Botanicula Review


June 9, 2015 by

Botanicula Image

"So, what have you been playing lately?"


"Oh, I've never heard of that. What kind of game is it?"

"It's a point-and-click where you... um... there's... trees... seeds... Uh, chickens... hallucinations... I think spider monsters... An anthropomorphic peanut... Uh, something about the spiders sucking the life out of the tree, which is like a home for the... creature-plant-characters-"

"Oh, sounds interesting..."

"I'm so not doing this game any justice."

Botanicula is not a good conversation starter if you're socially awkward. This graphic adventure revolves around a quintet of sentient botanical beings who attempt to take back their home, a massive tree, from a swarm of spider-like parasites. You accomplish this by observing the game's peculiar environment, clicking on various stimuli, and hoping that you're doing it all in the correct sequence.

I know that last sentence sounds dry and technical, if not a bit snarky, but that's the best way I can describe the game without going into graphic, sanity-destroying detail. You see, Botanicula is a weird title. For instance, one segment requires you to search a village and recover fourteen chicken-like birds. You need these avians because a seed-person requires them to activate the village's transport system, which includes fourteen hamster wheels for the birds to run on that harvest their kinetic energy and use it to propel the burg into the sky. In order to nab all of the birds, you have to engage in some rather odd scenes, including one where you click on various plant bulbs to cause a meditating plant-man to hallucinate. You can then snatch a fowl out of the resultant trip, which is displayed above the meditator. Afterward, you'll need to procure a hen trapped in an overstuffed igloo, create another by blowing on a certain combination of wall-mounted trumpets that generate new life forms, and hatch one from an egg by taking it to a Frankenstein-esque laboratory.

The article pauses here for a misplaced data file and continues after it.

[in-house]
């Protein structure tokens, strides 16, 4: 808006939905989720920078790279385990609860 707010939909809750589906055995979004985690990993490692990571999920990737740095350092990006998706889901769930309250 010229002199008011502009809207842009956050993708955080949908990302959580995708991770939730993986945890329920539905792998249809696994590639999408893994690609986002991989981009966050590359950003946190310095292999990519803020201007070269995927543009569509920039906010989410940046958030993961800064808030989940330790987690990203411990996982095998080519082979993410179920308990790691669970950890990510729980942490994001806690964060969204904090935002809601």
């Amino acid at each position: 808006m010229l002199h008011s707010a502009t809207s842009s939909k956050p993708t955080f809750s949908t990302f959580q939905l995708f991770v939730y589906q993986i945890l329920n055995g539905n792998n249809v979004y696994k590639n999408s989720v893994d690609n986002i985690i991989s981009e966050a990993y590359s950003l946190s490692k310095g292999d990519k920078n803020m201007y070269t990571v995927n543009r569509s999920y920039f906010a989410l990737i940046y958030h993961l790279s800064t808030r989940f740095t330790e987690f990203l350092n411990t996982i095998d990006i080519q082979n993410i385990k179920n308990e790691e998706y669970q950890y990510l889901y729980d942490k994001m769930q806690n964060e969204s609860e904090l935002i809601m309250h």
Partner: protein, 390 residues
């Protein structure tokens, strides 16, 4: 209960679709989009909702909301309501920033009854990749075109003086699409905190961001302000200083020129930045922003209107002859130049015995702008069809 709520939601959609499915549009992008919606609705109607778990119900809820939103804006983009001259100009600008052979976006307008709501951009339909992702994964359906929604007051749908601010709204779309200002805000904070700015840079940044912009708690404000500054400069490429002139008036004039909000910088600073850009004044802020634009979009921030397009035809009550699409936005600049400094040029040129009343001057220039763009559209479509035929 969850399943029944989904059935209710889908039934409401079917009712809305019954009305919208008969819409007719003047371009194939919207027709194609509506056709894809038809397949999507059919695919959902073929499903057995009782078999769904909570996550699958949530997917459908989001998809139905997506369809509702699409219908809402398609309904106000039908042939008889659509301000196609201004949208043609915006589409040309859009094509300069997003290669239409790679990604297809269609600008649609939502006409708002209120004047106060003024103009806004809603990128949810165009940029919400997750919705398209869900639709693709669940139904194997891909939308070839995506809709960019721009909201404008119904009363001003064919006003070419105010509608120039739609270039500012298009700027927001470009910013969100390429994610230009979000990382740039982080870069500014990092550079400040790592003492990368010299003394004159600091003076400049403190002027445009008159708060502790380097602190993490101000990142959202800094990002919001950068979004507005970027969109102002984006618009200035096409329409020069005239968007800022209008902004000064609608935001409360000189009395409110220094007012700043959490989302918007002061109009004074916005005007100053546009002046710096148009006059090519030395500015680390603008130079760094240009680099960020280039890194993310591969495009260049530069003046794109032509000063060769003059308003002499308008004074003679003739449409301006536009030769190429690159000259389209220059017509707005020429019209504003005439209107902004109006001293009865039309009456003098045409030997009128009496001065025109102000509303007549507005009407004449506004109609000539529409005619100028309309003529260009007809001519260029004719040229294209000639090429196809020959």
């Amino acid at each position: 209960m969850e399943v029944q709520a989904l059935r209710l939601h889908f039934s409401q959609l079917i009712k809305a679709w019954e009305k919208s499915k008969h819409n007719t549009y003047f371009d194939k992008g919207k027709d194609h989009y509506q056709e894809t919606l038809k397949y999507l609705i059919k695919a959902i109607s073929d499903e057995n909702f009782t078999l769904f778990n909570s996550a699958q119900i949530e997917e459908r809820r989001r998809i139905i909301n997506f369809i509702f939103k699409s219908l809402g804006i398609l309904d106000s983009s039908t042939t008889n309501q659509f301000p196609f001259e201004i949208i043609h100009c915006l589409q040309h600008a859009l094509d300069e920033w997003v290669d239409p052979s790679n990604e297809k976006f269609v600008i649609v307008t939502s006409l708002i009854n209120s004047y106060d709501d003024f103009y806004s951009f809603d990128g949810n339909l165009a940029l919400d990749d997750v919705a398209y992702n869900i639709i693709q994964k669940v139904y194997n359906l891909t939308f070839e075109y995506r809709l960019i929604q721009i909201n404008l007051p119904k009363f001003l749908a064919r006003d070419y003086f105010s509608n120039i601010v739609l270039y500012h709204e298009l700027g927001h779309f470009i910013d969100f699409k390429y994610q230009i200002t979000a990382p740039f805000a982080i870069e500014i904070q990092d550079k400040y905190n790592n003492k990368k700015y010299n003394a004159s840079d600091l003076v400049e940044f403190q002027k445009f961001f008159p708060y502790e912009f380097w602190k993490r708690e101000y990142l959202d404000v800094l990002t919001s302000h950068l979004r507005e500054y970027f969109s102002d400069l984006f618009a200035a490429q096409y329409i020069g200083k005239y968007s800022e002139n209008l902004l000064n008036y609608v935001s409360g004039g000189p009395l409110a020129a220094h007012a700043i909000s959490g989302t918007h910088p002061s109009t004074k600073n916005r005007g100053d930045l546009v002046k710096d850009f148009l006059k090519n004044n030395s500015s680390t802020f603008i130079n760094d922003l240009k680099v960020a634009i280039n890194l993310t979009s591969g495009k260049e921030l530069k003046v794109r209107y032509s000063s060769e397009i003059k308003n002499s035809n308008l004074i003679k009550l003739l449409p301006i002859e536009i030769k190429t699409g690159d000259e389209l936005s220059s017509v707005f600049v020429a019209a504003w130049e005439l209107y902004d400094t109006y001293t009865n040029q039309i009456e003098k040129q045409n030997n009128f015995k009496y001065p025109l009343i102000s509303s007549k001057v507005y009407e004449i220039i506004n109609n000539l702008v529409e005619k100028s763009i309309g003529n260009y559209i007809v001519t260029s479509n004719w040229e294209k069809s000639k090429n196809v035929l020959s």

There is no shortage of creativity in Botanicula, though some might feel that the strange and sometimes eerie phenomena you bump into come off as "weird for weird's sake." Honestly, I have no problem with that. I appreciate all things peculiar, and the game is more than willing to pay strangeness in spades.

Unfortunately, there is one drawback to the weirdness. Graphic adventures tend to benefit from logic-based puzzles, and Botanicula's world isn't exactly conducive to rational challenges. For example, going back to the chickens, there's one stuck on a ledge with a coin slot below it. In order to capture this feathered freak, you have to locate the aforementioned igloo and continuously click on it until myriad penguins fall out of it. After that, a coin should eventually materialize. You can then place that monetary unit in the appropriate slot to start an indoor rainstorm that floods the building, granting you access to the bird. It's basically like a playable "your argument is invalid" joke.